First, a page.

Thirteen ways to save the earth from habitat destruction

August 11, 2018

Just like people, animals need homes. But when too many forests are cleared to plant crops and build roads, and too many seabeds are destroyed to gather fish, critters struggle to survive. This is called habitat destruction.


Read on to learn how small changes from you can mean big help for wildlife.

 

1. SCRAP JUNK MAIL
Is your house full of mail from places like banks and utility companies? Ask your parents to sign up for online alerts. And make sure to recycle newspapers, magazines, and other paper in your home.

 

2. SHOE SLEUTH 
Clean your shoes before going on a hike, especially in a new place. The mud caked in your sneakers may contain seeds of invasive plants, which can push out native plants that keep the ecosystem healthy.

 

3. FLUSH CLEAN 
Flush only your own waste and toilet paper—no medicine, cleaning wipes, cotton balls, paint, or pet poo. This trash can eventually travel into the water system and affect the animals that live there.

 

4. MONEY MAKES A DIFFERENCE
Work a lemonade stand, host a bake sale, or sell homemade jewelry to raise funds to protect wildlife and their habitats.

 

5. TECH TURNAROUND 
Cell phones and computers contain a mineral mined from African habitats where gorillas and chimpanzees live. The minerals can be reused, so always recycle your tech. (Bonus: It keeps toxic chemicals from polluting soil and water near landfills.)

 

6. VISIT PARKS 
Your attendance matters! Wildlife refuges, parks, bird sanctuaries, and nature preserves are more likely to receive funding to stay open when more people visit them.

 

7. EVERYTHING IN ITS PLACE 
It’s fun to look for frogs and slugs under logs—but always put the logs back. Rocks, leaves, and tree limbs are homes for lots of tiny animals, so it’s important not to destroy them.

 

8. WATCH YOUR WATER 
Using too much water from lakes and rivers can affect animals’ habitat. Conserve this resource by taking five minute showers, turning off the faucet when you brush your teeth, and bugging your parents to fix leaky pipes.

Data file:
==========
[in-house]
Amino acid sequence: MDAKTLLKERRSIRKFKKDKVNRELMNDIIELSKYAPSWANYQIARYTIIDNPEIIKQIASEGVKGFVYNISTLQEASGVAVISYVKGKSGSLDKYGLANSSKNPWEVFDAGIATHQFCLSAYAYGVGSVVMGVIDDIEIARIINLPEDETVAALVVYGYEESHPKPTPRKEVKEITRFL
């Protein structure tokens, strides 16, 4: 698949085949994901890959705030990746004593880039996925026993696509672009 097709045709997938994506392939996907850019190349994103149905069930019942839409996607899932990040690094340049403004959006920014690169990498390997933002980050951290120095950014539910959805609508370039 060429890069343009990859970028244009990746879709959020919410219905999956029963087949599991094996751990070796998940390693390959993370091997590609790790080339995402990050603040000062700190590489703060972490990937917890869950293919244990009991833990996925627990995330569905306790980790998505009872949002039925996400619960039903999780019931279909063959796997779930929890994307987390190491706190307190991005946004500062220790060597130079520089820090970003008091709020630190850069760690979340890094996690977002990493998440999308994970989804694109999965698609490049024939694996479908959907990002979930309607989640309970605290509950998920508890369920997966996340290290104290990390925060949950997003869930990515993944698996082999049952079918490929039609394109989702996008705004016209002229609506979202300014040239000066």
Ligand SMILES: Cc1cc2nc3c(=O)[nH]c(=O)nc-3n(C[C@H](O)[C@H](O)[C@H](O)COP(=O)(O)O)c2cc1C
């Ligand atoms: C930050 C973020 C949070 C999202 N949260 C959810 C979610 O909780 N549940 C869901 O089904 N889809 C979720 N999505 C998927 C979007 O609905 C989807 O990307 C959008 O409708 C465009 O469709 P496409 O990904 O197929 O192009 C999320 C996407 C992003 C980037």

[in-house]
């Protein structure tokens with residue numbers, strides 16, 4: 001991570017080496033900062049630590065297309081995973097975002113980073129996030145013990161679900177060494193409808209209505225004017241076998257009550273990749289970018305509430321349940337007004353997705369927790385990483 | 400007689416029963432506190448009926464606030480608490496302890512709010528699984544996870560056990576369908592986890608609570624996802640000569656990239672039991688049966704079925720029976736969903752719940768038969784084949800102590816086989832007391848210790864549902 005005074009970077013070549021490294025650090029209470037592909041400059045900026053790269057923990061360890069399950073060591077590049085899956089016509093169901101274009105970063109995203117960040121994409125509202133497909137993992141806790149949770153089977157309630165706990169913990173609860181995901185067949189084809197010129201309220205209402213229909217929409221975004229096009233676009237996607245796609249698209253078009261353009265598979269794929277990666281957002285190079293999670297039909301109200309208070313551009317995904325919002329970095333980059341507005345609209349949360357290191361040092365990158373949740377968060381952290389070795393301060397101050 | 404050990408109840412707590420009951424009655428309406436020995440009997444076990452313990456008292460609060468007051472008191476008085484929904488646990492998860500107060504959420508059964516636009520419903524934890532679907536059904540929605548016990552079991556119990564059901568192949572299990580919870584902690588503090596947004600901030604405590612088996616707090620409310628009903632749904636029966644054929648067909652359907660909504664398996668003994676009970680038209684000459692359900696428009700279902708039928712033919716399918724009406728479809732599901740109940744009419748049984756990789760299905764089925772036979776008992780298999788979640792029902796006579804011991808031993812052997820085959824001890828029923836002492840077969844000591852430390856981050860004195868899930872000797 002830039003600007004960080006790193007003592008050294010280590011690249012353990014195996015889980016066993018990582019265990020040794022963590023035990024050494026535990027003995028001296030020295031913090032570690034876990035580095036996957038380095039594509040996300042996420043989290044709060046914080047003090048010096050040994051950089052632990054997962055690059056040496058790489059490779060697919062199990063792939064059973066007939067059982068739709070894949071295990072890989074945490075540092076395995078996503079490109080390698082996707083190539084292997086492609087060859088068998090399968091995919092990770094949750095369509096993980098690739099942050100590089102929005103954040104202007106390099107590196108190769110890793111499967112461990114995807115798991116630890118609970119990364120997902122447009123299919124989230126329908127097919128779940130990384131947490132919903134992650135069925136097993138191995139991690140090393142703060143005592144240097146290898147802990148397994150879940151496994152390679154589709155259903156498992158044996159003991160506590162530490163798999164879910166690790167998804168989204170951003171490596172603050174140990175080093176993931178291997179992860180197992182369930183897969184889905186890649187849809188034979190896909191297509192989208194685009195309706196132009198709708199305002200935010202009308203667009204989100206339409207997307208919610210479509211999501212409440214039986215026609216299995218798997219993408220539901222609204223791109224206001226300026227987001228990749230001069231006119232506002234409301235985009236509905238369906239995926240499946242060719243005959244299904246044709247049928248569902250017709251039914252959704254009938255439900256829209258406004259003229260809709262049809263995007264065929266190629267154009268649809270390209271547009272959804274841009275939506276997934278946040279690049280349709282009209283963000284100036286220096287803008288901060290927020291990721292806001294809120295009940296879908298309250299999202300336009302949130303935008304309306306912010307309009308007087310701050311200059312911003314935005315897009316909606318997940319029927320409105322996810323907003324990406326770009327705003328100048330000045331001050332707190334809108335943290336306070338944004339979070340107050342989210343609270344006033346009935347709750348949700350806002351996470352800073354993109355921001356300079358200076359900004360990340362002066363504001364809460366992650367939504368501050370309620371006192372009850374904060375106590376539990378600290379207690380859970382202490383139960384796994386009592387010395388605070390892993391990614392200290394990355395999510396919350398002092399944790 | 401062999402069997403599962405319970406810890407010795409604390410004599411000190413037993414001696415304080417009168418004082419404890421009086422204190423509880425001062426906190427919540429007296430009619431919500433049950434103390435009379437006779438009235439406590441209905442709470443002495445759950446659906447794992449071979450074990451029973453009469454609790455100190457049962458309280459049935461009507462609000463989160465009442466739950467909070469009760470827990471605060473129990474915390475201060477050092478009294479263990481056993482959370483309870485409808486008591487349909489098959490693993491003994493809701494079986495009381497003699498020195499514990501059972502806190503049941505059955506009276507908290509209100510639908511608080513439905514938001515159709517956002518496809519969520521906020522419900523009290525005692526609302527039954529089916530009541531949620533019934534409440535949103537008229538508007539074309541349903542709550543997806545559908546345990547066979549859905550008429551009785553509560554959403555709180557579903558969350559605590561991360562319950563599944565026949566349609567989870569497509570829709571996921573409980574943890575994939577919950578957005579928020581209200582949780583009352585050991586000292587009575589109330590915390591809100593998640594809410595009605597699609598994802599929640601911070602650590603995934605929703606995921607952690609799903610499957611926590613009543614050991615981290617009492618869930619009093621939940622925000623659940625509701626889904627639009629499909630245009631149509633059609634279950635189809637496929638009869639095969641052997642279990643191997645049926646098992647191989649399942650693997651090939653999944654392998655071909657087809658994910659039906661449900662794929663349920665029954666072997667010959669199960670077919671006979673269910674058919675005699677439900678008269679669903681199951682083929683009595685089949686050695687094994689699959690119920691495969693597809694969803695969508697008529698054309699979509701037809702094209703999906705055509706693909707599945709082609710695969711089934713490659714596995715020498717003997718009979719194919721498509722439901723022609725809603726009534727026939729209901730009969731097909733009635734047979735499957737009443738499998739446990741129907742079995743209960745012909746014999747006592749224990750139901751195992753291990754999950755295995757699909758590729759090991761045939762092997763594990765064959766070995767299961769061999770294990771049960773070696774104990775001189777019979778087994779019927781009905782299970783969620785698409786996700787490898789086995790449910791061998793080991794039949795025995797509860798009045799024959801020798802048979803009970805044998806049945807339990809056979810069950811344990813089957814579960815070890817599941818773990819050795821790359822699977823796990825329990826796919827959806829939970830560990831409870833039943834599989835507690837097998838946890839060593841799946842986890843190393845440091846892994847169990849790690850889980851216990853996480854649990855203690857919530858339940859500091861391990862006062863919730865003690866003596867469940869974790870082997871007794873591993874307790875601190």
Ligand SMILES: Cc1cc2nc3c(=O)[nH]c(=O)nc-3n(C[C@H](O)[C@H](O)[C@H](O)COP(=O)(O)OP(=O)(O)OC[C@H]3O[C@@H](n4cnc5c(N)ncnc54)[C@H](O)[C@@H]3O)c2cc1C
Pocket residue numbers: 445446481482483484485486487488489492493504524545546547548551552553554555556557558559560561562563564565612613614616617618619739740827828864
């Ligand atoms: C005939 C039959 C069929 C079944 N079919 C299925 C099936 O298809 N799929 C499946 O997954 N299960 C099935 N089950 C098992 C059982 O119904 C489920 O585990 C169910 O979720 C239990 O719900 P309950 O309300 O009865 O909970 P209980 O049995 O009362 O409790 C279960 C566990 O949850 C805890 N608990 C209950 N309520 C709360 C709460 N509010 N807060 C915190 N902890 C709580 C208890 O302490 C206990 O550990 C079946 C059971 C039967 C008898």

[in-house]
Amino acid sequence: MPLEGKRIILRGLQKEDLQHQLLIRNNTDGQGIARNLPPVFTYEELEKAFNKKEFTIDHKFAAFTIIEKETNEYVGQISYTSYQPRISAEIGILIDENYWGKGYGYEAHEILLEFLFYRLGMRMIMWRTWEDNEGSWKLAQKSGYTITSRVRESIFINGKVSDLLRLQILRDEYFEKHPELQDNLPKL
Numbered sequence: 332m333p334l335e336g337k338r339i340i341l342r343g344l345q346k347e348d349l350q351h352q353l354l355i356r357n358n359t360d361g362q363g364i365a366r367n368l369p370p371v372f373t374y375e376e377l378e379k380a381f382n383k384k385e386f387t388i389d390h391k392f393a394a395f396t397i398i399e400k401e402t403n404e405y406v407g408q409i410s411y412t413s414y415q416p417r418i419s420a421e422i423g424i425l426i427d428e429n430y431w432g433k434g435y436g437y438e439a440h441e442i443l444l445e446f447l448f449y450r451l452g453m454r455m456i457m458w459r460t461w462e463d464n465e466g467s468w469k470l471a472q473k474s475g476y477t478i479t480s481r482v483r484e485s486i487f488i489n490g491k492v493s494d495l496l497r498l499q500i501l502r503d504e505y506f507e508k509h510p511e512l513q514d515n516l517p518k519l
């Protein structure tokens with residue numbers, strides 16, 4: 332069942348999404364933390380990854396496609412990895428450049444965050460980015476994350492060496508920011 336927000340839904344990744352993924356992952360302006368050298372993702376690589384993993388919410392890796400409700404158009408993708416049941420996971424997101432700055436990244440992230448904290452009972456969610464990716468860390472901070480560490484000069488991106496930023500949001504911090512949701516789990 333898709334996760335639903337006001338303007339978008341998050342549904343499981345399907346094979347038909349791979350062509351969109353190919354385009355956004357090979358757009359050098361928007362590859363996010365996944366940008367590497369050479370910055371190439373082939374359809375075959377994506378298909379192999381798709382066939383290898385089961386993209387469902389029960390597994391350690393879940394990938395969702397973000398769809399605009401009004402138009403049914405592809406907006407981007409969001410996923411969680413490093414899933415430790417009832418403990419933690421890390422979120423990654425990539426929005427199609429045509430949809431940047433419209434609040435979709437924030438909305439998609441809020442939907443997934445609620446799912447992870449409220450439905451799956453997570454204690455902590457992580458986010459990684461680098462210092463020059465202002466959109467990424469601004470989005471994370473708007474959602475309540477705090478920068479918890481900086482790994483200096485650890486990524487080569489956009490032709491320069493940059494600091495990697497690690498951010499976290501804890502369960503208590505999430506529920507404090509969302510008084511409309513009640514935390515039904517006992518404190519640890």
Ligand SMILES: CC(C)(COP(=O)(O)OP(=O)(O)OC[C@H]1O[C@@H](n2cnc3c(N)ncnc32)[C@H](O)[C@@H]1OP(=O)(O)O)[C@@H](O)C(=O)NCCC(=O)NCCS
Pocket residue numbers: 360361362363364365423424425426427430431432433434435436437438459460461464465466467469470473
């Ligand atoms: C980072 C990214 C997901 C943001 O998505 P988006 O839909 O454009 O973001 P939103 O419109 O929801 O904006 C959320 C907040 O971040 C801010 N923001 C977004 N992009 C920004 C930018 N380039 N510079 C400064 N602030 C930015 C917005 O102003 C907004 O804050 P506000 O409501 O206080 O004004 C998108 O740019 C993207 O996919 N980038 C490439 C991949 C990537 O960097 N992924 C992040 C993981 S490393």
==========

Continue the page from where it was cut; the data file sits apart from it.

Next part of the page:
9. PICK YOUR PAPER
People cut down about 15 billion trees every year, some of it to make paper. Save your sheets by using the back, buying recycled paper, and asking your teacher to sometimes switch from printed homework to online assignments.

 

10.CHOOSEY CHOCOLATE
Palm oil is often used in products like chocolate, soap, ice cream, bread, cookies, and shampoo. But some rain forests are being destroyed in order to grow the trees that produce palm oil. Try to avoid buying products that use it, or look for a label that confirms the ingredient was grown in a rain-forest friendly way.

 

11. SCRAP JUNK MAIL 
Is your house full of mail from places like banks and utility companies? Ask your parents to sign up for online alerts. And make sure to recycle newspapers, magazines, and other paper in your home.

 

12. SHARING IS CARING 
Habitats are often disrupted to create more stuff for people. So try your best to use less: Visit the local library instead of buying a DVD, share games and toys with friends, and reuse school supplies.

 

13. FLOWER POWER
Ask your parents to plant a garden full of local trees, flowers, and shrubs to provide habitats for native bees, birds, and other animals.

 

Source: National Geographic Kids

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